Championship Manager 4 broke records upon its release on March 28th 2003, becoming the then fastest selling PC game on its first day of release. Like many teams fast out of the traps on a Saturday afternoon, though, the momentum couldn't last and Season 03/04 was the last entry in a series which had rapidly picked up a massive following.

After parting ways with Eidos Interactive, the Collyer brothers regrouped for a spiritual continuation in the form of Football Manager. Sega stepped into the publishing void in 2005 and gave the Collyers a second wind, allowing them to carry on reflecting the ever changing business of running on-pitch affairs with a new matchday game engine, increased input from coaching staff and the chance to indulge in press conference style mind games with fellow gaffers.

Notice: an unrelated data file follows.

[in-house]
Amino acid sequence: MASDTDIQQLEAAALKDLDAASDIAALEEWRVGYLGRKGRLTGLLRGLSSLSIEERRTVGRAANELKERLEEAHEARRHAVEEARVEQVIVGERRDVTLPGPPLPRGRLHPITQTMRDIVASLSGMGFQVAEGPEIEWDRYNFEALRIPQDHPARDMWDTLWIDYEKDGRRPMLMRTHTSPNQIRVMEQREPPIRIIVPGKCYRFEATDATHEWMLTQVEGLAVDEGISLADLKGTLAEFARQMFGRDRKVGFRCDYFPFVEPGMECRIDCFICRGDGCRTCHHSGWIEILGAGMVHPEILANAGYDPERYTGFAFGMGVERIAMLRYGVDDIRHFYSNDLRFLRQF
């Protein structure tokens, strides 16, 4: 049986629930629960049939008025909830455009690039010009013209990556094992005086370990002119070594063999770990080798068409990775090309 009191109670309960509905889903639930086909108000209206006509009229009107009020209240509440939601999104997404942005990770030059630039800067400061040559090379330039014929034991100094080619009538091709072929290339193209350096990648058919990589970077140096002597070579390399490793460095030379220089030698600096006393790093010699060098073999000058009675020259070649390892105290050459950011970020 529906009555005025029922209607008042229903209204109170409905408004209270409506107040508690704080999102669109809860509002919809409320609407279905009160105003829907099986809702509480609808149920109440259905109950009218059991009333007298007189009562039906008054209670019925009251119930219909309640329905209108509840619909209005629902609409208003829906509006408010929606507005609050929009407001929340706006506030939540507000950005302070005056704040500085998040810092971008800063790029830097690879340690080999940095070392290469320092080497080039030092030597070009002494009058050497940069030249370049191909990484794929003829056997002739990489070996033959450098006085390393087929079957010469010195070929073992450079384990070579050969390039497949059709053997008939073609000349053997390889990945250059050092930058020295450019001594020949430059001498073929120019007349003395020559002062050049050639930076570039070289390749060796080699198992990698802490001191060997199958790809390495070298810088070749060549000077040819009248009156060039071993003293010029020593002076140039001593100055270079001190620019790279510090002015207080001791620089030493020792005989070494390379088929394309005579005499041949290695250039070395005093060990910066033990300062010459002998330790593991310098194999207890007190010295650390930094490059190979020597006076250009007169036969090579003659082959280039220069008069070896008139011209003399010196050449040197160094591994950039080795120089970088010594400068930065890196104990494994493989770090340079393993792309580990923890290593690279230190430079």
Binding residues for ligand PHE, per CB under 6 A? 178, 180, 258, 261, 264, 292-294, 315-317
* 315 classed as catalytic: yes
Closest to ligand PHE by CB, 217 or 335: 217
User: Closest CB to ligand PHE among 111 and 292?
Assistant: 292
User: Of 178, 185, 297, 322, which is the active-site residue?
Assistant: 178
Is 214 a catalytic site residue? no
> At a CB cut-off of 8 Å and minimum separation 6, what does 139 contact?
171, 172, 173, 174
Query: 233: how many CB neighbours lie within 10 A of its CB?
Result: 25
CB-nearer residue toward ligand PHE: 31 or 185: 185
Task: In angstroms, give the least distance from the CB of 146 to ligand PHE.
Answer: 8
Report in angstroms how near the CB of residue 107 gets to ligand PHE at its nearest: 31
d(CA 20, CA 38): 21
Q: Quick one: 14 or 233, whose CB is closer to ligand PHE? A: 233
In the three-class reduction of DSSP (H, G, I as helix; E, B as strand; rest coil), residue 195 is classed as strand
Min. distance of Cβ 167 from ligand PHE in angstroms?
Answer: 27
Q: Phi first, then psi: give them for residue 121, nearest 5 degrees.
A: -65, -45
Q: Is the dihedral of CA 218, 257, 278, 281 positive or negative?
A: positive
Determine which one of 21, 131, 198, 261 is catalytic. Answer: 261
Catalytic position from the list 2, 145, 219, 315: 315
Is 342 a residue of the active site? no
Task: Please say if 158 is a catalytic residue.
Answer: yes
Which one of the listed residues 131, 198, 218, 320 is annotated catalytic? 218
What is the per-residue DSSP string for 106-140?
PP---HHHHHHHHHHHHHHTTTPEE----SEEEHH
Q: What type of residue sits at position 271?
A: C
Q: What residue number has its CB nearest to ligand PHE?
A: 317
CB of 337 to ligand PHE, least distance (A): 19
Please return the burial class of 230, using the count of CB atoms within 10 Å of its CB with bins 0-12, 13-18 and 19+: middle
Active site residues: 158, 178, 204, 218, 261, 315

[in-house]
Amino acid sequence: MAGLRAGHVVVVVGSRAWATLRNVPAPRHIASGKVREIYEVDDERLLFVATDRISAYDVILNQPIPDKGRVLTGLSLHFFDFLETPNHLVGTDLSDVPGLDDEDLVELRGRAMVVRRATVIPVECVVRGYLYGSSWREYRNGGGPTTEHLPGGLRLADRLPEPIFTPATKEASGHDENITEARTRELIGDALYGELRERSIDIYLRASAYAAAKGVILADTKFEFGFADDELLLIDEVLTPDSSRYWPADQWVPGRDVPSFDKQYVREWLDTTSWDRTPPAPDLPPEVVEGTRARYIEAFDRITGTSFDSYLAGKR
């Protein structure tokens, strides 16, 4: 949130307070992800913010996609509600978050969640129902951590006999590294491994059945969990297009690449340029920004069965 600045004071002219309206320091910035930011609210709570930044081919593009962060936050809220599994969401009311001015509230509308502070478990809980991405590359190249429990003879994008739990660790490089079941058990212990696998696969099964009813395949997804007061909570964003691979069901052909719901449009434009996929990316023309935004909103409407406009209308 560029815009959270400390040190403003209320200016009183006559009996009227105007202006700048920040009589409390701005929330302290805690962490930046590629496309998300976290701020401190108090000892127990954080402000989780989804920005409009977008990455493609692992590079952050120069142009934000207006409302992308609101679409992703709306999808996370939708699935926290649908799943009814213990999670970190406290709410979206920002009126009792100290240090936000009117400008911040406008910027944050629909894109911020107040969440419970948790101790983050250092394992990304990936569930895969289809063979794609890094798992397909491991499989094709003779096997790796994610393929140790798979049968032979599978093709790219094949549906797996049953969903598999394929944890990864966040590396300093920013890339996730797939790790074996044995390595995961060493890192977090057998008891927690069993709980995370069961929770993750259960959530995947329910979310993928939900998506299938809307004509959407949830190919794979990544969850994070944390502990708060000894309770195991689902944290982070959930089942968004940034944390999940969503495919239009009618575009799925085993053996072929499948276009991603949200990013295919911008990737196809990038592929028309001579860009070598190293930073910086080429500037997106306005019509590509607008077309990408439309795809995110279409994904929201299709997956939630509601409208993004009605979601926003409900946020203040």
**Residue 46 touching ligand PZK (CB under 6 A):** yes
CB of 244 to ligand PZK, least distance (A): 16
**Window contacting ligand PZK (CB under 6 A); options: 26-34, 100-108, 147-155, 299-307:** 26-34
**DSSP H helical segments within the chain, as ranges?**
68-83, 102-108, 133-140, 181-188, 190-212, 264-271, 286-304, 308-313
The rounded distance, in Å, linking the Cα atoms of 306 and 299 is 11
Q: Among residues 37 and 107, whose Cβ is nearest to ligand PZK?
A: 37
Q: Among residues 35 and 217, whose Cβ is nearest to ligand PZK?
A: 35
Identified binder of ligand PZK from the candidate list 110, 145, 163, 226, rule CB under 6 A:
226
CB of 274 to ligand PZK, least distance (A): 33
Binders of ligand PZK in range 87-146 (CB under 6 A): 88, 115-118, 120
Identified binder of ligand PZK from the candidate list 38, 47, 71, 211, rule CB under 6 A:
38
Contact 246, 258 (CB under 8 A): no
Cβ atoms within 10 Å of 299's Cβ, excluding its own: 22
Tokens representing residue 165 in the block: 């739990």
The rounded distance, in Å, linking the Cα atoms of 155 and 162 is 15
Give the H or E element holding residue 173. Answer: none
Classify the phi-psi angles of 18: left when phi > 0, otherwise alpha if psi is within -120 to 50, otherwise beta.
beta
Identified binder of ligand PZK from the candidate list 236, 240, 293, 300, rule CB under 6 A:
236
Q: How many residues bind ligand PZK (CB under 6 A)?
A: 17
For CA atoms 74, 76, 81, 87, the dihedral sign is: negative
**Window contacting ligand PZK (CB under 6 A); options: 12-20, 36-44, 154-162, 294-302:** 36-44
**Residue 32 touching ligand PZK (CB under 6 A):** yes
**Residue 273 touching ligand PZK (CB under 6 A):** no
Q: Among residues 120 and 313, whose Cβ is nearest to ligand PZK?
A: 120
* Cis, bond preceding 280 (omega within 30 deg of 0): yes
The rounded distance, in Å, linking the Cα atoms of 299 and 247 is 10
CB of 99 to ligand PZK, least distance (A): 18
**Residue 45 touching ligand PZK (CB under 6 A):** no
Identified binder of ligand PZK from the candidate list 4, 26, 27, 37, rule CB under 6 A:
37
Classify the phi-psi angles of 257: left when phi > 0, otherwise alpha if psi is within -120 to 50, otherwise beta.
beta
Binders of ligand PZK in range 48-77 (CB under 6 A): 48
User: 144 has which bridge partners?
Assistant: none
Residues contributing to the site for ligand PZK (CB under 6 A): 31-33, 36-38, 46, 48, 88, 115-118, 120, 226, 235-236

The series itself continues with Football Manager 2020, arriving a decade after the Collyers were jointly awarded the MBE for their services to video games. And just like the thousands of people who have enjoyed Championship Manager across the years, the brothers equally enjoyed a game themselves. Paul recalled his favourite memory which saw him completely transforming Burnley's fortunes for the 93/94 season.
“After 10 games, I was bottom of the division, couldn't get a win or buy a goal. Then I set the team up to be really negative to get a bunch of draws and finished mid table. The next season the team got promoted. I then got them all the way to the top division."
And it's because the game always strived to be so true to real-life football management that so many people still rate Championship Manager as the best management sim of its kind.